As envisioned, the center will use a multidisciplinary approach, employing the knowledge of health care providers including endocrinologists, oncologists, rheumatologists, radiologists, pain control specialists, nutritionists, and surgeons to educate and provide care for patients.

Patients referred to the clinic can likely expect to undergo bone density scans (dual-energy x-ray absorptiometry) if they have not done so previously, blood testing for vitamin D deficiency and causes of abnormal calcium metabolism (e.g., hyperparathyroidism), urine collection to test for calcium loss, radiography to check for fractures, and testing for other causes of bone loss. Patients’ family history, body habitus, general health, and vitamin D and calcium intake will also be evaluated. Patients will fill out questionnaires assessing their bone health and risk factors for bone loss and visit with health care providers to discuss risks of further bone loss. If medical therapy is indicated, health care providers will discuss options.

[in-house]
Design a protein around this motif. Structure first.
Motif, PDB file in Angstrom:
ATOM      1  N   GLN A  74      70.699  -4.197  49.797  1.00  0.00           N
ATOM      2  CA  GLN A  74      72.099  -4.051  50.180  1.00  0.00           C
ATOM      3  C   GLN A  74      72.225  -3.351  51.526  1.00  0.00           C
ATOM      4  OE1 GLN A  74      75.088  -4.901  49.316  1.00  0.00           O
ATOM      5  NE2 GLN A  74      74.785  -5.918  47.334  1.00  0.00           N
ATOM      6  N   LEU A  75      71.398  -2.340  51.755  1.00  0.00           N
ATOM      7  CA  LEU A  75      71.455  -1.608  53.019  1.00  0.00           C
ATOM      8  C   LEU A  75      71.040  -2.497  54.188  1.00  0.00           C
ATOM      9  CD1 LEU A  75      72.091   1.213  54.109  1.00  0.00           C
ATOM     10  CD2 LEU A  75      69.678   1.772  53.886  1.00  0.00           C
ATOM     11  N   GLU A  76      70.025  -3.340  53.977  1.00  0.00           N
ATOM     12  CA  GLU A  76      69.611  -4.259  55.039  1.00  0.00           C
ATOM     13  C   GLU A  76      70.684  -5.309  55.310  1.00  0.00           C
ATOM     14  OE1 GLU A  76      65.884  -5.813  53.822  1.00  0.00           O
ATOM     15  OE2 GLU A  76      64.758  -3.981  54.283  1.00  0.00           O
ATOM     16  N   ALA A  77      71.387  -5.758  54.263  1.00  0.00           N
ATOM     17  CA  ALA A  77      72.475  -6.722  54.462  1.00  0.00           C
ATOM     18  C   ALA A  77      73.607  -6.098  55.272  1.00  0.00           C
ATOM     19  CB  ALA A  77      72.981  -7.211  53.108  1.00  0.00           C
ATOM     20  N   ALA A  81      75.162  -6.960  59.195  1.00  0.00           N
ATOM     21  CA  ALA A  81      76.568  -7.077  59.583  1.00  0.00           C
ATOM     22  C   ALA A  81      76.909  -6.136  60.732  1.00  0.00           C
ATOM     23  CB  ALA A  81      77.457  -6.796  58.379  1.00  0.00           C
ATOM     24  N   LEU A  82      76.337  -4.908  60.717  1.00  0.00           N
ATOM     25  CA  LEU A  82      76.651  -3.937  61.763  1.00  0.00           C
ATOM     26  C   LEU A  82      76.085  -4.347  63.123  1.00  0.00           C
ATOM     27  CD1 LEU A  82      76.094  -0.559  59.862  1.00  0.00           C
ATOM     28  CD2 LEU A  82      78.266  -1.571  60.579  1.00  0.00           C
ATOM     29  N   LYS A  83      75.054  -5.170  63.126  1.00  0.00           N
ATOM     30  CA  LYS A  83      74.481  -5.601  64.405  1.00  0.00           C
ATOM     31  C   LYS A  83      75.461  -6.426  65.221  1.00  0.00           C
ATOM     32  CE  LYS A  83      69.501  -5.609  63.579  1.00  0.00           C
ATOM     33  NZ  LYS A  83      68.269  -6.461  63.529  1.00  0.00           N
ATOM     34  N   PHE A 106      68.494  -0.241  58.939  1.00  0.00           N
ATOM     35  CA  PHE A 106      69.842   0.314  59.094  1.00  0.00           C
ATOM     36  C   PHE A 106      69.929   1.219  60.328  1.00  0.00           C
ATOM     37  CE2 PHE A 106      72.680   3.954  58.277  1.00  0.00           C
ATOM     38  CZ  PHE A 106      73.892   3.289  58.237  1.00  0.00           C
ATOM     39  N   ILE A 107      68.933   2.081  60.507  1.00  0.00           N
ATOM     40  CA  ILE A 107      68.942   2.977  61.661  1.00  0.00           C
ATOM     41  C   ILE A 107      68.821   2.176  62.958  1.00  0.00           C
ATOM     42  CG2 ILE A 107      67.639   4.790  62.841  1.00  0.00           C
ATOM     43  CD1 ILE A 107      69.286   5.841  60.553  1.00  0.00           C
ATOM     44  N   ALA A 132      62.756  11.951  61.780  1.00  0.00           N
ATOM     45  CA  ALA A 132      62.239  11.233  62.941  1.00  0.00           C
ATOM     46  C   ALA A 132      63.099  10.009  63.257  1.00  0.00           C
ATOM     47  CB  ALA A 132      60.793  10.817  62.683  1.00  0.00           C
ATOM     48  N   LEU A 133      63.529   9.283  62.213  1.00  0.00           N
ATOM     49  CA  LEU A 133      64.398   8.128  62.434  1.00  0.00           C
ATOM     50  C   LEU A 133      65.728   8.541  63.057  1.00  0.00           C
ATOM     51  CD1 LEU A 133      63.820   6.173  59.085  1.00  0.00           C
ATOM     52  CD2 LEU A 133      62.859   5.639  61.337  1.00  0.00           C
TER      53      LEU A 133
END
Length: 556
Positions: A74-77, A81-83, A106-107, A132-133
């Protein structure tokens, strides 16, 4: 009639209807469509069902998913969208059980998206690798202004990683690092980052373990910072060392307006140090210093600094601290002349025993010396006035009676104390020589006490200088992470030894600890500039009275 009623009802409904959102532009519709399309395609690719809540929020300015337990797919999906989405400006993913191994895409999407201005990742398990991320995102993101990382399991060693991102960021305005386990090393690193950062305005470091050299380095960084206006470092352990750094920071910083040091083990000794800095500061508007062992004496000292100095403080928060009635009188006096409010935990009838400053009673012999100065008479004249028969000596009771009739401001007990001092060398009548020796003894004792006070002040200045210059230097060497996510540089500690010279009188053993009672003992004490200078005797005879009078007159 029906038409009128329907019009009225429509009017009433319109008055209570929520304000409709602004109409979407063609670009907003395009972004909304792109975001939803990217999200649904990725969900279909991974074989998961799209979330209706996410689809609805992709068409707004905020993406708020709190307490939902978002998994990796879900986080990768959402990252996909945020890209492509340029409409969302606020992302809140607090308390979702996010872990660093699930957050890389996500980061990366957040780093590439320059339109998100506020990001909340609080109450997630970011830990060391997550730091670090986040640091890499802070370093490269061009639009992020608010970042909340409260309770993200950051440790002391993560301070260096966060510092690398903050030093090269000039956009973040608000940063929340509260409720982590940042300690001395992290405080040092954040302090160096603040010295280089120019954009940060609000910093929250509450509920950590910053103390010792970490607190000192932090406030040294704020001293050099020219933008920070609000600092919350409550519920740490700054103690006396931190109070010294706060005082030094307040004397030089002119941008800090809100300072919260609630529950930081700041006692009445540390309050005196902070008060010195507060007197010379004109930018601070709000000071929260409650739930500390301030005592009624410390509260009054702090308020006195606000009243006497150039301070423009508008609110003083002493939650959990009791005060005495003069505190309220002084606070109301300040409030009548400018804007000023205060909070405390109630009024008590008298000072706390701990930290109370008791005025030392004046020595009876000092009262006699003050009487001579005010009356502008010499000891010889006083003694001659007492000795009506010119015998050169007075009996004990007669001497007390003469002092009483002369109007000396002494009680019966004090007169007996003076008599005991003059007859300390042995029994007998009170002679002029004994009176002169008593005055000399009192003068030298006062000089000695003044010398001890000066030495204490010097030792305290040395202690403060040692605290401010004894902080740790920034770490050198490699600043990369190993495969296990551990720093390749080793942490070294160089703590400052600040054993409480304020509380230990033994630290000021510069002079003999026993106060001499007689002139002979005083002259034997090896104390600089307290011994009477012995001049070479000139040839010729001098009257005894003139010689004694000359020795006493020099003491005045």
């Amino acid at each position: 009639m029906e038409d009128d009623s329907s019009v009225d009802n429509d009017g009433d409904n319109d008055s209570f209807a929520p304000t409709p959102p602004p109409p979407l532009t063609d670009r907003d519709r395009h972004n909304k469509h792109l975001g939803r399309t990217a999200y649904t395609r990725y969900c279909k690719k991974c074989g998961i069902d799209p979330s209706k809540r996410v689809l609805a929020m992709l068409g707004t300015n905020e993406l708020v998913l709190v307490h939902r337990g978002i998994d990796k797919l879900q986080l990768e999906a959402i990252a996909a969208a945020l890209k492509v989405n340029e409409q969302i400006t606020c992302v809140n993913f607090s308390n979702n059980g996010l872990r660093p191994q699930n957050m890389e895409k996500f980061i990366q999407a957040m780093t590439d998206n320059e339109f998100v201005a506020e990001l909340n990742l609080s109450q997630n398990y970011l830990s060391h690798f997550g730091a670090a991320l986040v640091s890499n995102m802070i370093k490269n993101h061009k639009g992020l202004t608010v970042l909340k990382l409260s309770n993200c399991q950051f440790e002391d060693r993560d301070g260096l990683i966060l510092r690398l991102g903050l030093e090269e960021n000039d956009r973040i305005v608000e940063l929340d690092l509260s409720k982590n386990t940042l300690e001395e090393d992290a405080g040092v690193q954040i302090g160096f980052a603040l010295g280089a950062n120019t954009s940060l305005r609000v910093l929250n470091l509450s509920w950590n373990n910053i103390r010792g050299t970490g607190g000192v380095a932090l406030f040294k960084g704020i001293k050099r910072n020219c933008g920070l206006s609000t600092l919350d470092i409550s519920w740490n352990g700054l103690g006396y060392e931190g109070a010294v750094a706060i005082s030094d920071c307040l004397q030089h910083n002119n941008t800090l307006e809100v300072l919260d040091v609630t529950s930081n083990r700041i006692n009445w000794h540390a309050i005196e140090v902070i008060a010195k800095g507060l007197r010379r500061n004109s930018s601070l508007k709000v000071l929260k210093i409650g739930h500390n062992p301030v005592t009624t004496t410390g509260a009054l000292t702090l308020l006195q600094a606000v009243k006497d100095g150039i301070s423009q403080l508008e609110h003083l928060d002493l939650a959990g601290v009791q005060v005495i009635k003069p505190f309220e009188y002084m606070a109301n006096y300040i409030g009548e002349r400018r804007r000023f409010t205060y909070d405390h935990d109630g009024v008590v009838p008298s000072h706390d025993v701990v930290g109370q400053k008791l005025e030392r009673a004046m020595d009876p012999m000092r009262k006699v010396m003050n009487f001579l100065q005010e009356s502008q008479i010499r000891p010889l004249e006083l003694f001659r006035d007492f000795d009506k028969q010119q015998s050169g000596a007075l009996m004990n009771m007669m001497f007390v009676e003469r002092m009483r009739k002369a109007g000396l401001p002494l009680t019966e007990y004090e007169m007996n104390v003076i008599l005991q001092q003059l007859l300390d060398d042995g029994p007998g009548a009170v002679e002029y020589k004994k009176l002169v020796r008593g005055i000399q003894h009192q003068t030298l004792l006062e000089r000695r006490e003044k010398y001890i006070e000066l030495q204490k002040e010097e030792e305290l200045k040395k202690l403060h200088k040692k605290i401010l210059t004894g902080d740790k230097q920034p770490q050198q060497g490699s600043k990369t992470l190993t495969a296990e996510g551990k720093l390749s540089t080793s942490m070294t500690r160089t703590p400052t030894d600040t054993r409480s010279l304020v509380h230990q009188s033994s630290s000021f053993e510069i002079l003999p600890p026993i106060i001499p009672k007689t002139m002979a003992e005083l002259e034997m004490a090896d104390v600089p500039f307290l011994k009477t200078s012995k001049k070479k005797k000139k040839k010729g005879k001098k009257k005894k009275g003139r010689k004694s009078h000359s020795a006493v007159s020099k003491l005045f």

The center will provide learning aids, articles, and online materials about bone health to educate patients and their families. Survivorship issues will also be addressed.

Although cancer patients with bone loss have received care at MD Anderson for decades, the bone health center will facilitate the treatment process. “Patients will have convenient access to a whole team of specialists working in a collaborative manner,” said Lea Tatar, a program director in the Department of Endocrine Neoplasia and Hormonal Disorders who is helping to develop the center. “Not only will they receive comprehensive care, but their care will be delivered in a seamless manner. Moreover, patients will have the assurance of knowing that their care is being tailored for their individual needs.”

For more information, please contact Dr. Hu at 713-792-2841.

Other articles in OncoLog, March 2010 issue: